Compliments of: Janine Moon, MA, Career & Business Coach
Challenged by the current employment market? Looking to get an edge in finding your best work, in defining your career?
CompassPoint Coaching is offering a pilot program this September, "Boot Camp for Career Transitioners: Not for Wimps!" The 12-session, 6-week program is an intense, one-of-a-kind series that takes participants far beyond traditional job and career transition approaches.
Interested? Email me!
Thurs, Aug 21/03
7:30 to 9:30 am
Register by Aug 18th:
Thurs, Aug 28/03
7:30 to 9:30 am
Bank One Corporate
Register by Aug 25th:
Check out the newest program in the Columbus area… a combination of learning, networking, mentoring, discussion boards, and more!
“Mentoring: We want you to get it!” – a seminar presented by Janine Moon,
Thurs, Aug 7/03
7:30 to 10:30 am
Sparkspace in the Arena District.
2015 Arlington Ave
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Copyright (c) 2003 Janine Moon
Character: Value at the ‘Top’
Executives who focus all their energies on the bottom line may find it pays off in the short term, say business analysts. But the reality is that decisions made based on profit alone have been shown to lead to long-term loss: loss of talent and innovation, employee and consumer confidence, and a motivated work force.
However, character-driven leadership—based on a clear sense of values—can actually energize the spirit of an organization, and lead to extraordinary outcomes.
Leaders with character-
* value employees, customers and shareholders alike;
* value individual strengths;
* value authenticity;
* create and maintain balance between economic, social and environmental responsibilities;
* stay-the-course with long-term strategies in the face of short-term gains;
* work from a crystal clear personal foundation;
* know their strengths and acknowledge their shortcomings;
* tell the truth and support truth-telling;
* disallow arrogance, superiority and blame;
* encourage questioning, checking, investigation, research and devil's advocacy;
* recognize and promote people as the product and information/knowledge as the currency -- and practice expense control accordingly;
* see themselves clearly enough to be consistently focused on their own growth and learning; in other words, they know what they don't know.
Character-driven leaders take responsibility for their mistakes and take action to make things right. They espouse the values of four generations in the workplace. They value ideas and innovation. They tell it like it is. They value the basic equality of all people and interact first at a human level, second at a business level. They do ‘the right thing’.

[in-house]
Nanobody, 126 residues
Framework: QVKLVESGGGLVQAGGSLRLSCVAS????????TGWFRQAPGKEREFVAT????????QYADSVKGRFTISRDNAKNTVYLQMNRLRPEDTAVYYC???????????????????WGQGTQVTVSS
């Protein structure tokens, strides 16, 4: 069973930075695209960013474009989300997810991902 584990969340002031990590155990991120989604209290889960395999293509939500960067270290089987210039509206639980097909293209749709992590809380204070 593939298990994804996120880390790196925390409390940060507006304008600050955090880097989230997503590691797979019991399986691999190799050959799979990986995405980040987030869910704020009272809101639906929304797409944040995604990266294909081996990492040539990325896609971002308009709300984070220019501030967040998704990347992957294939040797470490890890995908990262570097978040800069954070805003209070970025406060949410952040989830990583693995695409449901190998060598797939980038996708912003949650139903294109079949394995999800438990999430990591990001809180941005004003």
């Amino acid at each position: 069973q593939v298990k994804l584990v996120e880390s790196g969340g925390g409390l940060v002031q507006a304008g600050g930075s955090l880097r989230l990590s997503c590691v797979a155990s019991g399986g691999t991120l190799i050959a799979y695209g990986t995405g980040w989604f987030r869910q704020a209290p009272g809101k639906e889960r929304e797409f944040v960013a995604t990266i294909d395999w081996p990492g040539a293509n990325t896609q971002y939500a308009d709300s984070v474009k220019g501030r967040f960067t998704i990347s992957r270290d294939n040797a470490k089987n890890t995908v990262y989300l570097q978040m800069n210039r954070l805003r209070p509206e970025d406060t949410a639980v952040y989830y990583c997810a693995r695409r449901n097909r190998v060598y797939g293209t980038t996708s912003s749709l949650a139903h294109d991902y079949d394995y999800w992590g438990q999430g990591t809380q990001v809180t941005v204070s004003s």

“You may have a fresh start any moment you choose, for this thing that we call ‘failure’ is not the falling down, but the staying down.”
We often use the word character to define something that leaders and successful people have. Psychological experts say that character comes from defining moments and challenges successfully met in childhood. But how does one improve one's character in adulthood? And how can one reflect one's positive character traits on one's resume, when interviewing, when interacting with colleagues, when networking?
You can develop your character by-
*not worrying about others' taking note...if there's something to see, they will see it;
*paying attention to risk-taking and rising to/accepting/requesting challenge;
*making a point of initiating and contributing to your organization's forward movement;
*seeking out and learn from mentors, including at least one younger than you;
*valuing and teaching others to utilize diversity for personal and organizational growth;
*seeking ways to expand the organization's competitive position;
*encouraging and practicing innovation;
*taking responsibility for a larger sphere of influence
*focusing on your own growth and development... growing and changing creates momentum and develops resilience... only when you are open to change are you open to business reality;
*being who you are, not your job title.
When interviewing and networking, remember that your actions speak louder than your words. You can demonstrate character by making commitments, following through, and having the courage to be innovative.
The trend toward non-traditional employment is putting a new spin on conventional careers. Have you made the distinction between "finding a job" and "finding work"? And do you know how that affects your career movement? Check out this incredibly important distinction in an article by Ron McGowan at this link.
Successful people capitalize on their strengths. They know their current and potential talents and focus on them. They learn and grow as much as they can in these areas and concentrate all their energy on them. They take themselves out of the ranks of the ordinary into a group of extraordinary performers. -JM
If you have thought about coaching, but just aren’t sure how to begin, call or e-mail me, I’ll introduce you to coaching and you can “try it on” with no commitment, only learning! - JM
Until next month... “That is what learning is. You suddenly understand something that you’ve understood all your life, but in a new way.” Doris Lessing